That is in keeping with findings from professional archaeologists about rock art and stone monuments, in places like British Columbia and Scotland, whose features are visible only at certain times of year. There is also evidence for another one of Tangen’s theories: that some of the images were meant to be seen in flickering light, so that they appeared almost animated.
Kristin Armstrong-Oma, a professor of archaeology at the University of Stavanger, said that “in excavations around some carvings, archaeologists have found signs of burning or charcoal.” That suggested fire was being used, almost like a movie camera. “The living flames give the carvings a feeling of movement,” she said.
The petroglyph-hunting trio got their start in 2016, when Fjeld, the graphic designer, was walking his dog in the countryside and found a strange mark in a rock. He wondered if it was made by humans or nature. Trying to identify it online, he came across a website with photos of petroglyphs, and contacted its owner, Tangen, who suggested Fjeld’s find could be a Bronze Age cup mark — a simple, round carving that is a common motif in prehistoric art.
His interest piqued, Fjeld started paying better attention on his walks, and soon found a carving that was unmistakably made by human hands: an image of a ship.
“That was very, very fun,” Fjeld said. “So I started going on a regular basis.”
Tangen, who had made similar discoveries while walking his own dog, joined him, and before long suggested that they invite Klavestad, a local enthusiast who had found his first carving when he was 10.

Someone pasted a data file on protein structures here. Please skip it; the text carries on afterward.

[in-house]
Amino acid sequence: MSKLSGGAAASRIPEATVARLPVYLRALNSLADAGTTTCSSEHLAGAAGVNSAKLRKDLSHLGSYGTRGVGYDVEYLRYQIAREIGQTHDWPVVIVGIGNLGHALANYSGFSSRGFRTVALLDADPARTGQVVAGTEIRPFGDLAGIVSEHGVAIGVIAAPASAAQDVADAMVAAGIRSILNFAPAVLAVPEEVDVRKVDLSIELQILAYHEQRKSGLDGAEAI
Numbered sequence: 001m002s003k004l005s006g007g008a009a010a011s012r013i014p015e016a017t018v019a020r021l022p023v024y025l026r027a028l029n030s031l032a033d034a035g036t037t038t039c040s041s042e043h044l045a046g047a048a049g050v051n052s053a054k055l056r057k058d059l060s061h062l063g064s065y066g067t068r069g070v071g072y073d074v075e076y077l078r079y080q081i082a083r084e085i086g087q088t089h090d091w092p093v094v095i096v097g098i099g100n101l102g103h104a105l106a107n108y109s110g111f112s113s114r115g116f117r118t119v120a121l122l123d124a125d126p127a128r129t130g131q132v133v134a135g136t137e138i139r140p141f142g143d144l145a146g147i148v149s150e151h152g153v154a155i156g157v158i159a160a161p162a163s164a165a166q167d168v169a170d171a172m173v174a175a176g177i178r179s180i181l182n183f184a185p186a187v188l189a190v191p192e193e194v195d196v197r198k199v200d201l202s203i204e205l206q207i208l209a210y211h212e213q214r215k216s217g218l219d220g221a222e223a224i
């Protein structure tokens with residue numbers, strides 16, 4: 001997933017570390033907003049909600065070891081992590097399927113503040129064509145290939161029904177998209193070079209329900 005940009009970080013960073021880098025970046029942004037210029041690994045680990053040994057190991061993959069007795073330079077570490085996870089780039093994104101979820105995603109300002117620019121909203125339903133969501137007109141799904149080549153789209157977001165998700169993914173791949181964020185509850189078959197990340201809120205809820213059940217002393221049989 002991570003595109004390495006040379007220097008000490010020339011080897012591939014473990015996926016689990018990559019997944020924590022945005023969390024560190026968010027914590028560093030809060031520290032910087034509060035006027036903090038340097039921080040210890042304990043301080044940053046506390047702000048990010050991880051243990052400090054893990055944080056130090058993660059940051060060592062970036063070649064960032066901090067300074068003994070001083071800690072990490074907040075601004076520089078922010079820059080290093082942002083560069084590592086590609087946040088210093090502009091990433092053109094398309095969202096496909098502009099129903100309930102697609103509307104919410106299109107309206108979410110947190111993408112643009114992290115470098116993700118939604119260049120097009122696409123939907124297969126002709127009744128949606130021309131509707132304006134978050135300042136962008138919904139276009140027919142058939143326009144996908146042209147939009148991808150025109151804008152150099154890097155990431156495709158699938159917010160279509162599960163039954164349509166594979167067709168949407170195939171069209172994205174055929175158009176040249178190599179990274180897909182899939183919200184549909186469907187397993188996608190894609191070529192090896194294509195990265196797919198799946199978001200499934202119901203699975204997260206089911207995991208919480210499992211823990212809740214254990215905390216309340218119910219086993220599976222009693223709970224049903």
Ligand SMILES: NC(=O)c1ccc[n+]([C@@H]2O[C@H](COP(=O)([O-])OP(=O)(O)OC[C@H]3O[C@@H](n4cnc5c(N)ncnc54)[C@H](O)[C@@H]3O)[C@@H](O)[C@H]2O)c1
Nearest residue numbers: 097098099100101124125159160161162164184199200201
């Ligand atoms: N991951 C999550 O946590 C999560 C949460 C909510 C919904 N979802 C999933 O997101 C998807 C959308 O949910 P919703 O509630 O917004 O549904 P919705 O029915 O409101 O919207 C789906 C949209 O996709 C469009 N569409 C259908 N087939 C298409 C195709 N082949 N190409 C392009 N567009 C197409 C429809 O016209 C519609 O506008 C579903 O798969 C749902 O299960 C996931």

“We didn’t know each other, but I hadn’t met anyone else with so much passion for it,” said Klavestad. “We are, all three, very dedicated.”
Since then, the three have gone out roughly one night a week, and it’s not unusual for them to come home at 2 or 3 in the morning.
“Yes, our families think we are crazy,” said Fjeld.
Because so much Bronze Age rock art was made near the sea, the trio begin by consulting topographical maps to see where the sea level, which was higher in the Bronze Age, would have been 3,000 years ago. Aerial photography has also helped them identify areas with the low granite outcroppings that Bronze Age artists appear to have favored.
Norwegian conservation laws prohibit the petroglyph hunters from digging, so they work only with the most rudimentary tools: flashlights and brooms. “It’s important that we are not one, but three,” said Klavestad. “That way one can hold the light, one can sweep and one can look. You discover more that way than if you are alone.”